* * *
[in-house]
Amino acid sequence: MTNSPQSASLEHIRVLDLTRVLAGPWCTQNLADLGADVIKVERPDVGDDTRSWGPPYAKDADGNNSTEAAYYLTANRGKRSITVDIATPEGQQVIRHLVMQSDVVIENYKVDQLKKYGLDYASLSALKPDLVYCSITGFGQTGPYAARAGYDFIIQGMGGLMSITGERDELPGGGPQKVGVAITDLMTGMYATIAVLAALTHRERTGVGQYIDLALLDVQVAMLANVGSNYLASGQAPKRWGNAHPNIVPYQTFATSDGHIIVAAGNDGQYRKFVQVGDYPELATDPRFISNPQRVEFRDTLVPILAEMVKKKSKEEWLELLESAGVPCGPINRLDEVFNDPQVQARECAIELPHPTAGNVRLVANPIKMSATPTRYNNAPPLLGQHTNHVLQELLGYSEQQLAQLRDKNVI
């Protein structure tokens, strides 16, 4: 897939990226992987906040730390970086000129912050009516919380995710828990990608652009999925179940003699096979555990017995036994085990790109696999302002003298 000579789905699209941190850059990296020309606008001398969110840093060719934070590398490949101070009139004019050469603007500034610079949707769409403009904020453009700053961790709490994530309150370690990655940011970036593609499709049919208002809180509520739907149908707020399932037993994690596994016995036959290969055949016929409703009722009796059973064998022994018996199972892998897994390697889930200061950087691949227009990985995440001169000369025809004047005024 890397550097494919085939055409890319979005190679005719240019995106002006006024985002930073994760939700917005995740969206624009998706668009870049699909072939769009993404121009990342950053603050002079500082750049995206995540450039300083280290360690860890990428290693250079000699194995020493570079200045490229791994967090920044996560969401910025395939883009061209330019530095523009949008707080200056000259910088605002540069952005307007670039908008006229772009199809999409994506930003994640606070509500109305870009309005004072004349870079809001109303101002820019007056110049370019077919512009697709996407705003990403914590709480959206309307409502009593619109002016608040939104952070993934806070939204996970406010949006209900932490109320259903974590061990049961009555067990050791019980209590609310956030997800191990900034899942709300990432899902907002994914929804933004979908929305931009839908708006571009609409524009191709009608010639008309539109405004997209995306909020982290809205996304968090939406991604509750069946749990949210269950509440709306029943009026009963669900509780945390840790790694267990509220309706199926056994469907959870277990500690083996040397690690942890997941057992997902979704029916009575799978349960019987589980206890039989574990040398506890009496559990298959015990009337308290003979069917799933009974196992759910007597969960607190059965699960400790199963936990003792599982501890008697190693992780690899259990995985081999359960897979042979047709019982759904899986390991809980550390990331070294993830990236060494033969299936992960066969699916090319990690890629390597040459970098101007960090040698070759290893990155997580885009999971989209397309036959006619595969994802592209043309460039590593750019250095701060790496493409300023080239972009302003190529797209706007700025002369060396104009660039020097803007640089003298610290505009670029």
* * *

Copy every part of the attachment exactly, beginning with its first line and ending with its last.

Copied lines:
[in-house]
Amino acid sequence: MTNSPQSASLEHIRVLDLTRVLAGPWCTQNLADLGADVIKVERPDVGDDTRSWGPPYAKDADGNNSTEAAYYLTANRGKRSITVDIATPEGQQVIRHLVMQSDVVIENYKVDQLKKYGLDYASLSALKPDLVYCSITGFGQTGPYAARAGYDFIIQGMGGLMSITGERDELPGGGPQKVGVAITDLMTGMYATIAVLAALTHRERTGVGQYIDLALLDVQVAMLANVGSNYLASGQAPKRWGNAHPNIVPYQTFATSDGHIIVAAGNDGQYRKFVQVGDYPELATDPRFISNPQRVEFRDTLVPILAEMVKKKSKEEWLELLESAGVPCGPINRLDEVFNDPQVQARECAIELPHPTAGNVRLVANPIKMSATPTRYNNAPPLLGQHTNHVLQELLGYSEQQLAQLRDKNVI
């Protein structure tokens, strides 16, 4: 897939990226992987906040730390970086000129912050009516919380995710828990990608652009999925179940003699096979555990017995036994085990790109696999302002003298 000579789905699209941190850059990296020309606008001398969110840093060719934070590398490949101070009139004019050469603007500034610079949707769409403009904020453009700053961790709490994530309150370690990655940011970036593609499709049919208002809180509520739907149908707020399932037993994690596994016995036959290969055949016929409703009722009796059973064998022994018996199972892998897994390697889930200061950087691949227009990985995440001169000369025809004047005024 890397550097494919085939055409890319979005190679005719240019995106002006006024985002930073994760939700917005995740969206624009998706668009870049699909072939769009993404121009990342950053603050002079500082750049995206995540450039300083280290360690860890990428290693250079000699194995020493570079200045490229791994967090920044996560969401910025395939883009061209330019530095523009949008707080200056000259910088605002540069952005307007670039908008006229772009199809999409994506930003994640606070509500109305870009309005004072004349870079809001109303101002820019007056110049370019077919512009697709996407705003990403914590709480959206309307409502009593619109002016608040939104952070993934806070939204996970406010949006209900932490109320259903974590061990049961009555067990050791019980209590609310956030997800191990900034899942709300990432899902907002994914929804933004979908929305931009839908708006571009609409524009191709009608010639008309539109405004997209995306909020982290809205996304968090939406991604509750069946749990949210269950509440709306029943009026009963669900509780945390840790790694267990509220309706199926056994469907959870277990500690083996040397690690942890997941057992997902979704029916009575799978349960019987589980206890039989574990040398506890009496559990298959015990009337308290003979069917799933009974196992759910007597969960607190059965699960400790199963936990003792599982501890008697190693992780690899259990995985081999359960897979042979047709019982759904899986390991809980550390990331070294993830990236060494033969299936992960066969699916090319990690890629390597040459970098101007960090040698070759290893990155997580885009999971989209397309036959006619595969994802592209043309460039590593750019250095701060790496493409300023080239972009302003190529797209706007700025002369060396104009660039020097803007640089003298610290505009670029």